A 33-year-old Russian national has been arrested in Canada over his role in LockBit ransomware attacks against critical infrastructure and major industrial groups worldwide.
The individual, Mikhail Vasiliev, was arrested in late October, Europol said on Thursday. He is described as one of the world’s most prolific ransomware operators and one of Europol’s high-value targets due to his involvement in many high-profile ransomware cases. Authorities said he demanded ransom payments ranging between €5 and €70 million.
The US Justice Department announced charges against the alleged cybercriminal, saying that he is awaiting extradition.
Vasiliev has been charged with conspiracy to intentionally damage protected computers and to transmit ransom demands. He faces up to five years in prison.
Europol said two of the suspect’s accomplices were arrested in Ukraine in October 2021. The law enforcement agency said at the time that it could not name the ransomware group they were part of due to operational reasons.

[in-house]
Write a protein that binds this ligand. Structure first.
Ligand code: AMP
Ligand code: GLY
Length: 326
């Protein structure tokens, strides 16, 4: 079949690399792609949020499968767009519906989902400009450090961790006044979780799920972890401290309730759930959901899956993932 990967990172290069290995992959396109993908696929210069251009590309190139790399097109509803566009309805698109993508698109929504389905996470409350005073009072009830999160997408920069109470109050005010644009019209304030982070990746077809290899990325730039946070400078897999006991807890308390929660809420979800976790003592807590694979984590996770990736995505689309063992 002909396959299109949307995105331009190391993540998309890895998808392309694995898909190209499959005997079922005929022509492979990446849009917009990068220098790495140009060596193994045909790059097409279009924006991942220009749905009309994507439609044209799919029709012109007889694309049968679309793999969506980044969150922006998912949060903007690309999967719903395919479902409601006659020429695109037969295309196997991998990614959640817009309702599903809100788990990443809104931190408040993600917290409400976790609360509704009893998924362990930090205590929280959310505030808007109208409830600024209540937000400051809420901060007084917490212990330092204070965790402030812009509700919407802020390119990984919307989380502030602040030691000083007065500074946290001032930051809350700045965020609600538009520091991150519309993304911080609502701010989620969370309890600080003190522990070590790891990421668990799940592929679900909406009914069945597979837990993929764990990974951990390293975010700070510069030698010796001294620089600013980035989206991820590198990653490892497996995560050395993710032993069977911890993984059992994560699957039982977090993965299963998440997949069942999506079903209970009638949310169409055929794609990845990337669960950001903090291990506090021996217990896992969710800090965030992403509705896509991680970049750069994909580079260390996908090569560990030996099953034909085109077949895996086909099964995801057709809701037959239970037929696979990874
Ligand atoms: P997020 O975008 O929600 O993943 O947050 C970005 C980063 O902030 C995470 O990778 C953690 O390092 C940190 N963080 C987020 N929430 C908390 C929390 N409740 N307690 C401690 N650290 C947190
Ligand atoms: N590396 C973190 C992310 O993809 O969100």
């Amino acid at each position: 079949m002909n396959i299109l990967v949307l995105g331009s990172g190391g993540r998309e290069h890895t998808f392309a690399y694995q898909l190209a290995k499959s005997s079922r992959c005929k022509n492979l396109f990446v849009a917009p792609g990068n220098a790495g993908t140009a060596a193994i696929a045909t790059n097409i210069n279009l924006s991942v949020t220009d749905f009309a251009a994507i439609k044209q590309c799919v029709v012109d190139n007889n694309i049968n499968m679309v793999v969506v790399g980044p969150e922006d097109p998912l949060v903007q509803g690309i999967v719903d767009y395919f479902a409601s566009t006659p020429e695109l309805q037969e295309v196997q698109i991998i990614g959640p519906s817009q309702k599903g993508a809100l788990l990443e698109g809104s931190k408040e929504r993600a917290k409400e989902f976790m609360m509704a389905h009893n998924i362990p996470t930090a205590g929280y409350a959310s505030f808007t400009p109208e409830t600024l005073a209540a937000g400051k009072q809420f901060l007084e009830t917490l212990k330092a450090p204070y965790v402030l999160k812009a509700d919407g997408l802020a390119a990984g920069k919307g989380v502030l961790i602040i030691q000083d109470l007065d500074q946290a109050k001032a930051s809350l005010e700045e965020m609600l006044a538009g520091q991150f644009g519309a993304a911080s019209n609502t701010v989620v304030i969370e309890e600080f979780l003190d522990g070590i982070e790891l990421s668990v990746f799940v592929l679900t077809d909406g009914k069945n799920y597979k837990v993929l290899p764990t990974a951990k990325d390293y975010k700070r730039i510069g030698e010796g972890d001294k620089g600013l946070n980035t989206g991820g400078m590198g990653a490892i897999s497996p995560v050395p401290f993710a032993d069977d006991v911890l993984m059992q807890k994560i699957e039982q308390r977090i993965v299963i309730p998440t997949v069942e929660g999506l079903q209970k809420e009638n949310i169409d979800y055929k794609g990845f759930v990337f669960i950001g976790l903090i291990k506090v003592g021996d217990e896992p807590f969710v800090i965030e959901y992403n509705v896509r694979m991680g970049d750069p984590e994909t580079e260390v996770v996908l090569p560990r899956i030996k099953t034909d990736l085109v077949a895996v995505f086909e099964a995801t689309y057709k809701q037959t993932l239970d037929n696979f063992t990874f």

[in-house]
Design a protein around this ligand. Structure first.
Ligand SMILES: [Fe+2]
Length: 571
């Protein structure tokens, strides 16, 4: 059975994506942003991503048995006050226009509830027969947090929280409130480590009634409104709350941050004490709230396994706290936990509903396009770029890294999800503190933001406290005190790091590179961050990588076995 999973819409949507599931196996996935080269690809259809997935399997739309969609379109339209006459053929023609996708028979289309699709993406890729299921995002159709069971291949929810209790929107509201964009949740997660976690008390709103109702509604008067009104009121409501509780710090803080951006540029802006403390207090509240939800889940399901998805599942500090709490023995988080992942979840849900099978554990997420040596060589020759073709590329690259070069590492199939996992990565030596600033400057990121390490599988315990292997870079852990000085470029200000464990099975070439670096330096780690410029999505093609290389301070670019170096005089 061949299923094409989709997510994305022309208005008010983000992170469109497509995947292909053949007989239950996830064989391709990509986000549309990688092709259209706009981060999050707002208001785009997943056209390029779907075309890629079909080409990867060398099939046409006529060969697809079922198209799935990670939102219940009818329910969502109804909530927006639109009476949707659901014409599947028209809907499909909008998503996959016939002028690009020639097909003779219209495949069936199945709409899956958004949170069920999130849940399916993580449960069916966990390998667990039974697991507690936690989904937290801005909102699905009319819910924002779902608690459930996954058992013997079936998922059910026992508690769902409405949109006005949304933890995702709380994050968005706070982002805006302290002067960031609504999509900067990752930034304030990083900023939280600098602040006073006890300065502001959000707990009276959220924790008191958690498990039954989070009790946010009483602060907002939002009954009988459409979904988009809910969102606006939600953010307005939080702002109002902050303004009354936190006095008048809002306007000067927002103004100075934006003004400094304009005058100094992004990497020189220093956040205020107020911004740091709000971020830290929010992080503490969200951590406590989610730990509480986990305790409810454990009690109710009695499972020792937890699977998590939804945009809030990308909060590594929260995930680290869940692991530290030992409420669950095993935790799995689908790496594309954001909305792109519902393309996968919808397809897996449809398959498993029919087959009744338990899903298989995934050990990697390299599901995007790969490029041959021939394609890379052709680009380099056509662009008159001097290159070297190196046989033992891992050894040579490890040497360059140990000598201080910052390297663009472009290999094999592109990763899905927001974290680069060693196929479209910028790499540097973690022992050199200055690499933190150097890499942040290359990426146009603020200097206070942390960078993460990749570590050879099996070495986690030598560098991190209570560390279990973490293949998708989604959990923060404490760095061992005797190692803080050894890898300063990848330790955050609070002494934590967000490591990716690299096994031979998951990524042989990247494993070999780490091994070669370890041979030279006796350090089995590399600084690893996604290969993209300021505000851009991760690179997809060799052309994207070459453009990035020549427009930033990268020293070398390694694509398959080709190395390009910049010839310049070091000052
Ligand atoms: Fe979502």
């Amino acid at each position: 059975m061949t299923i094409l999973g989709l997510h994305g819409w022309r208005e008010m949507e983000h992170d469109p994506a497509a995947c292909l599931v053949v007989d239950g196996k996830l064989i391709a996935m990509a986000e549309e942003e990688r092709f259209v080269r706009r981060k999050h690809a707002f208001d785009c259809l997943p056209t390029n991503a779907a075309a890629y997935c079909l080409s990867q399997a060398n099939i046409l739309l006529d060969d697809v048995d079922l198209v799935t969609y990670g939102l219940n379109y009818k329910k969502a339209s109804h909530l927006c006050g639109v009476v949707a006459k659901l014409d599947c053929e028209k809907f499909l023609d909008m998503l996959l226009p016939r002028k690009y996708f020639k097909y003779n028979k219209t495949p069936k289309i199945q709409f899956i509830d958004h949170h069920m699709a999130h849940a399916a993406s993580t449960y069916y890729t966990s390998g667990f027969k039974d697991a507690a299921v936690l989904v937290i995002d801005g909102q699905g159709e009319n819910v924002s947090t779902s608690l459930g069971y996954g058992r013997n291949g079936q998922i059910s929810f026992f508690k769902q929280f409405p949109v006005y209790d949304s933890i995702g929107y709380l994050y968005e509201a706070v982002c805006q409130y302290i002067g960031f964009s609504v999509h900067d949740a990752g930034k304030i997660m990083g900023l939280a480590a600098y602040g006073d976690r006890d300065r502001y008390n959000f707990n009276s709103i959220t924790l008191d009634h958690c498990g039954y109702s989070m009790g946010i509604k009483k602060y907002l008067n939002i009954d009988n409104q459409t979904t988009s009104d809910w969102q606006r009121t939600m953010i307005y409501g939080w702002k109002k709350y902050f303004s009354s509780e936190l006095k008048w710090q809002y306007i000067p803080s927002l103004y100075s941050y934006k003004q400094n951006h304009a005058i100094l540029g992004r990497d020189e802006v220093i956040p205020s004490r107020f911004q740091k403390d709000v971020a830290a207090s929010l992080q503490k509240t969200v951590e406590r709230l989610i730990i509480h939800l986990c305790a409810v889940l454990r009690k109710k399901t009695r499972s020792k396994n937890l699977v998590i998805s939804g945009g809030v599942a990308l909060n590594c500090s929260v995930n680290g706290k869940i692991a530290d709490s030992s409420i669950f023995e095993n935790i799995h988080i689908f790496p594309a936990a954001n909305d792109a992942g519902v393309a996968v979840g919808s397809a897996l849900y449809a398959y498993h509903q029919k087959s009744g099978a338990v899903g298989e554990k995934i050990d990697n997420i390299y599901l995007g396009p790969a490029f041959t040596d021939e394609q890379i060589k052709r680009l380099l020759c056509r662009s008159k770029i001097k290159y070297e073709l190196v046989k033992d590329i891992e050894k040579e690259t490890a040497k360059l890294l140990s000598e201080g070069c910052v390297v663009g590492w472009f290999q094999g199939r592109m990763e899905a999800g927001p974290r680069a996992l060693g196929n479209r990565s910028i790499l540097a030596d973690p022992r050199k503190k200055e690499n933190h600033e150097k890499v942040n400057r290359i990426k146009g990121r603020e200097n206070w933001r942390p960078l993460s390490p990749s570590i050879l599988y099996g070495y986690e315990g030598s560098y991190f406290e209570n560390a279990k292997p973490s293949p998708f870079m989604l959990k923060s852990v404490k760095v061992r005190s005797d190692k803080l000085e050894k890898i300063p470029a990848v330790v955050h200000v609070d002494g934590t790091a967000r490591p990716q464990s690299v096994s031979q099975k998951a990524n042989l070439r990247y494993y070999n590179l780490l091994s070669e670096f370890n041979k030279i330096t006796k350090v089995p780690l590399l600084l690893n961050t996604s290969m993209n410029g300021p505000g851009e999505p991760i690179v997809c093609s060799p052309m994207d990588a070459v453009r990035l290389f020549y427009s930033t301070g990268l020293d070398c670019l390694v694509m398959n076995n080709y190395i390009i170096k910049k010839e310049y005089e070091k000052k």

While authorities describe the suspect as an “operator”, he may only be an affiliate — they conduct attacks using malware and infrastructure provided by operators — and his arrest might not impact the LockBit operation too much.
The LockBit ransomware group continues to target major companies and one of the latest victims announced on the cybercrime gang’s website is German car parts giant Continental.
Continental revealed in August that it had been targeted in a cyberattack, but did not share too much information. The LockBit group is now claiming to have stolen 40 Gb of data from the company and is offering to sell it for $50 million after negotiations with the company apparently failed.
The LockBit operation has been active since 2019 and the LockBit 2.0 ransomware-as-a-service operation emerged in June 2021. LockBit has been one of the most active ransomware enterprises, accounting for nearly half of all ransomware attacks in the first half of 2022. The DoJ said LockBit members have made at least $100 million in ransom demands and obtained tens of millions of dollars in actual ransom payments from victims.
However, in many cases the arrested individuals are ransomware affiliates and the impact on the overall ransomware enterprise may turn out to be limited.
Eduard Kovacs (@EduardKovacs) is a contributing editor at SecurityWeek. He worked as a high school IT teacher for two years before starting a career in journalism as Softpedia’s security news reporter. Eduard holds a bachelor’s degree in industrial informatics and a master’s degree in computer techniques applied in electrical engineering.Previous Columns by Eduard Kovacs:Tags: